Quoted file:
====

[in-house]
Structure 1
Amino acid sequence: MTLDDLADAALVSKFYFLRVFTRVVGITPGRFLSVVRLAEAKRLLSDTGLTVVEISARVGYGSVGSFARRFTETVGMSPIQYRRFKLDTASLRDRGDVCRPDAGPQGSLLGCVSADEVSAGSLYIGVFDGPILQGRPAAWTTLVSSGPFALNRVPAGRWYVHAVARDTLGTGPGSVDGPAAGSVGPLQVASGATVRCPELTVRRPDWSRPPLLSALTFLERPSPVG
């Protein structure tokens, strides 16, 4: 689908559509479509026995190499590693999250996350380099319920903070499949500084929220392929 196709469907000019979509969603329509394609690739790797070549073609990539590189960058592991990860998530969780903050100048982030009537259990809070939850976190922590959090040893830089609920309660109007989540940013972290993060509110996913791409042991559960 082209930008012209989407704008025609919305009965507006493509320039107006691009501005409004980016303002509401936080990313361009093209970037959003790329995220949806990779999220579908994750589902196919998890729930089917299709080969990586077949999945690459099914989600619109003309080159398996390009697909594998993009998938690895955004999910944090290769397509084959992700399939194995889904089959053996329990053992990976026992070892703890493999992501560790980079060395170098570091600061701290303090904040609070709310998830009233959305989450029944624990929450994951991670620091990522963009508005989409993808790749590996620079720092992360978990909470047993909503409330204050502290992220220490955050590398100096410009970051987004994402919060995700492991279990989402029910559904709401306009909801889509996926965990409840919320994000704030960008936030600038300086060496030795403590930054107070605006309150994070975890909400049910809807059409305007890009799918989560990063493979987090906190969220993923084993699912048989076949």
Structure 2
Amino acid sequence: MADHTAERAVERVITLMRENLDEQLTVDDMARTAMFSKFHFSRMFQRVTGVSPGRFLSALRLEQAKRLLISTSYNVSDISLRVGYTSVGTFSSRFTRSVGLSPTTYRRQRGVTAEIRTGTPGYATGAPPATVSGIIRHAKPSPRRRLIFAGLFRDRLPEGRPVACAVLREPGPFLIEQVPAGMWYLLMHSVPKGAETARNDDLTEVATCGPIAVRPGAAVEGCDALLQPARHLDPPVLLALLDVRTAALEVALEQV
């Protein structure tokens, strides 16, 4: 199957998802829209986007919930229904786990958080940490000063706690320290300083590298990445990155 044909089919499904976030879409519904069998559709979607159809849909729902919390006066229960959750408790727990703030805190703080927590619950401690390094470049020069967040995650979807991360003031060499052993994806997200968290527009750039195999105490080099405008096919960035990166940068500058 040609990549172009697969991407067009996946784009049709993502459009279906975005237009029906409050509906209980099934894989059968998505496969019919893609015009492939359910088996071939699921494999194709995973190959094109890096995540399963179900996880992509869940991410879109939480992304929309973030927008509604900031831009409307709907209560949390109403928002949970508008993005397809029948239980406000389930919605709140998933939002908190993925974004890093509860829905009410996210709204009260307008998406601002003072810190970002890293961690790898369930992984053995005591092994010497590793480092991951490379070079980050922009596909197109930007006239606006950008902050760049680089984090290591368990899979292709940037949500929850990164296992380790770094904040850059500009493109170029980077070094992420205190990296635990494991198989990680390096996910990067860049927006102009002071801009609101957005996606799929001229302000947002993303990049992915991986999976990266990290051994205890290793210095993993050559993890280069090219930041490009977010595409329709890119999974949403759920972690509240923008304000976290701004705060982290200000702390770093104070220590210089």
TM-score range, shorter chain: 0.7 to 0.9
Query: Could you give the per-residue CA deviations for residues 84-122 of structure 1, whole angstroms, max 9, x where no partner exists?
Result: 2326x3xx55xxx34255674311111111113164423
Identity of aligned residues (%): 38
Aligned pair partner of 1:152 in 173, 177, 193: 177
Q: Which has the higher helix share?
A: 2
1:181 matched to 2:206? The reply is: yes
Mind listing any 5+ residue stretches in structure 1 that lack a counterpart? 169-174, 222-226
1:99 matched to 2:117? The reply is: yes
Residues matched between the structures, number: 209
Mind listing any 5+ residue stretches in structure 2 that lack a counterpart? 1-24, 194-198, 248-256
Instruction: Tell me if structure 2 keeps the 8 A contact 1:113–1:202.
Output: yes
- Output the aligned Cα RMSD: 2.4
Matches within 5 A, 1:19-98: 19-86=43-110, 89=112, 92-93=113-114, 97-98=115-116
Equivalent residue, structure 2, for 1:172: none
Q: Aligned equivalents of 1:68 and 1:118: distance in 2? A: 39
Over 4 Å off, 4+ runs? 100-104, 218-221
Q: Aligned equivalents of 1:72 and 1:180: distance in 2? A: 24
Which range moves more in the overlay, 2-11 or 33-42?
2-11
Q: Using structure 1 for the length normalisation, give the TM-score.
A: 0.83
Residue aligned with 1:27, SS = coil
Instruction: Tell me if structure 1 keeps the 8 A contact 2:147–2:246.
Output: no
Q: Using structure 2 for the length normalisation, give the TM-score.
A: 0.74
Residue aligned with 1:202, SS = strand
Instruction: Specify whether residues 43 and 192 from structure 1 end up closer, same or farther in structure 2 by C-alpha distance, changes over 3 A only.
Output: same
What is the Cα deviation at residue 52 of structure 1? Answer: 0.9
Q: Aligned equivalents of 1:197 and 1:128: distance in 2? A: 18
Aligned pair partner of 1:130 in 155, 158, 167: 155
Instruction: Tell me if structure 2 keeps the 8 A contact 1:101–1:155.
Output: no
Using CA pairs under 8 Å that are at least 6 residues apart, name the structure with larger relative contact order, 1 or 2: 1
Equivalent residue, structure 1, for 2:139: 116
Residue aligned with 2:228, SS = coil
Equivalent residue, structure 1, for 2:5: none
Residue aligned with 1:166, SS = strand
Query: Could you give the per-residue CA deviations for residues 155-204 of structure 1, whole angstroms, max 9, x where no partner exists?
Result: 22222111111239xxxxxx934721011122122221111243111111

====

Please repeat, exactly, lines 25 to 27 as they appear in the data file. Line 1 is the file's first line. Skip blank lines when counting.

Q: Aligned equivalents of 1:68 and 1:118: distance in 2? A: 39
Over 4 Å off, 4+ runs? 100-104, 218-221
Q: Aligned equivalents of 1:72 and 1:180: distance in 2? A: 24